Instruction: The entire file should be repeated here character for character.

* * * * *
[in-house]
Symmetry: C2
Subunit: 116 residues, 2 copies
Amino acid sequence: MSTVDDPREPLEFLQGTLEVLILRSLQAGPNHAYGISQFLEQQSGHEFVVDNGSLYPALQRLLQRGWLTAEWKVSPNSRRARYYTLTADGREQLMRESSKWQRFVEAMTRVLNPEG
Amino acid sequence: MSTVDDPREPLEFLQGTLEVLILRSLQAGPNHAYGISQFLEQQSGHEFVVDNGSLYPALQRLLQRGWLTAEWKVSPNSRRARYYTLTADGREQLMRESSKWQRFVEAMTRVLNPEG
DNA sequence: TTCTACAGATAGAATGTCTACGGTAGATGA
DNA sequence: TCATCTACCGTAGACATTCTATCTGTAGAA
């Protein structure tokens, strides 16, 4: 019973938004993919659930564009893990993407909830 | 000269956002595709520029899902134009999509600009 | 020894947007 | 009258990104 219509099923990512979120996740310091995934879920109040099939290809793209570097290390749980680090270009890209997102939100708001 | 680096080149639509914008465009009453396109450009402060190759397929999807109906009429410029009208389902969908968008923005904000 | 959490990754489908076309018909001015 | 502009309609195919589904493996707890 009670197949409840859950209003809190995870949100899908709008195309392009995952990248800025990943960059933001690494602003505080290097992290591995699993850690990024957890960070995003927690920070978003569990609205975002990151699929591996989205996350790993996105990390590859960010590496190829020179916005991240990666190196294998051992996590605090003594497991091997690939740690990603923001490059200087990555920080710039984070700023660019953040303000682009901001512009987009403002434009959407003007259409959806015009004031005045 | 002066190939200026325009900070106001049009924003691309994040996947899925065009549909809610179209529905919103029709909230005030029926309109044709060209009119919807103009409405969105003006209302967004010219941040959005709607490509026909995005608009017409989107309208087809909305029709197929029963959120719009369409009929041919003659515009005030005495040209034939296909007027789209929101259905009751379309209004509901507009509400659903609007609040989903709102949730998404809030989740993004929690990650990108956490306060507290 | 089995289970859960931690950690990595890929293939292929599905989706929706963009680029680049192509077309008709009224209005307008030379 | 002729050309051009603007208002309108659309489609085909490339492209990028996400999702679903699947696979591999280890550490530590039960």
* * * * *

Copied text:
[in-house]
Symmetry: C2
Subunit: 116 residues, 2 copies
Amino acid sequence: MSTVDDPREPLEFLQGTLEVLILRSLQAGPNHAYGISQFLEQQSGHEFVVDNGSLYPALQRLLQRGWLTAEWKVSPNSRRARYYTLTADGREQLMRESSKWQRFVEAMTRVLNPEG
Amino acid sequence: MSTVDDPREPLEFLQGTLEVLILRSLQAGPNHAYGISQFLEQQSGHEFVVDNGSLYPALQRLLQRGWLTAEWKVSPNSRRARYYTLTADGREQLMRESSKWQRFVEAMTRVLNPEG
DNA sequence: TTCTACAGATAGAATGTCTACGGTAGATGA
DNA sequence: TCATCTACCGTAGACATTCTATCTGTAGAA
């Protein structure tokens, strides 16, 4: 019973938004993919659930564009893990993407909830 | 000269956002595709520029899902134009999509600009 | 020894947007 | 009258990104 219509099923990512979120996740310091995934879920109040099939290809793209570097290390749980680090270009890209997102939100708001 | 680096080149639509914008465009009453396109450009402060190759397929999807109906009429410029009208389902969908968008923005904000 | 959490990754489908076309018909001015 | 502009309609195919589904493996707890 009670197949409840859950209003809190995870949100899908709008195309392009995952990248800025990943960059933001690494602003505080290097992290591995699993850690990024957890960070995003927690920070978003569990609205975002990151699929591996989205996350790993996105990390590859960010590496190829020179916005991240990666190196294998051992996590605090003594497991091997690939740690990603923001490059200087990555920080710039984070700023660019953040303000682009901001512009987009403002434009959407003007259409959806015009004031005045 | 002066190939200026325009900070106001049009924003691309994040996947899925065009549909809610179209529905919103029709909230005030029926309109044709060209009119919807103009409405969105003006209302967004010219941040959005709607490509026909995005608009017409989107309208087809909305029709197929029963959120719009369409009929041919003659515009005030005495040209034939296909007027789209929101259905009751379309209004509901507009509400659903609007609040989903709102949730998404809030989740993004929690990650990108956490306060507290 | 089995289970859960931690950690990595890929293939292929599905989706929706963009680029680049192509077309008709009224209005307008030379 | 002729050309051009603007208002309108659309489609085909490339492209990028996400999702679903699947696979591999280890550490530590039960």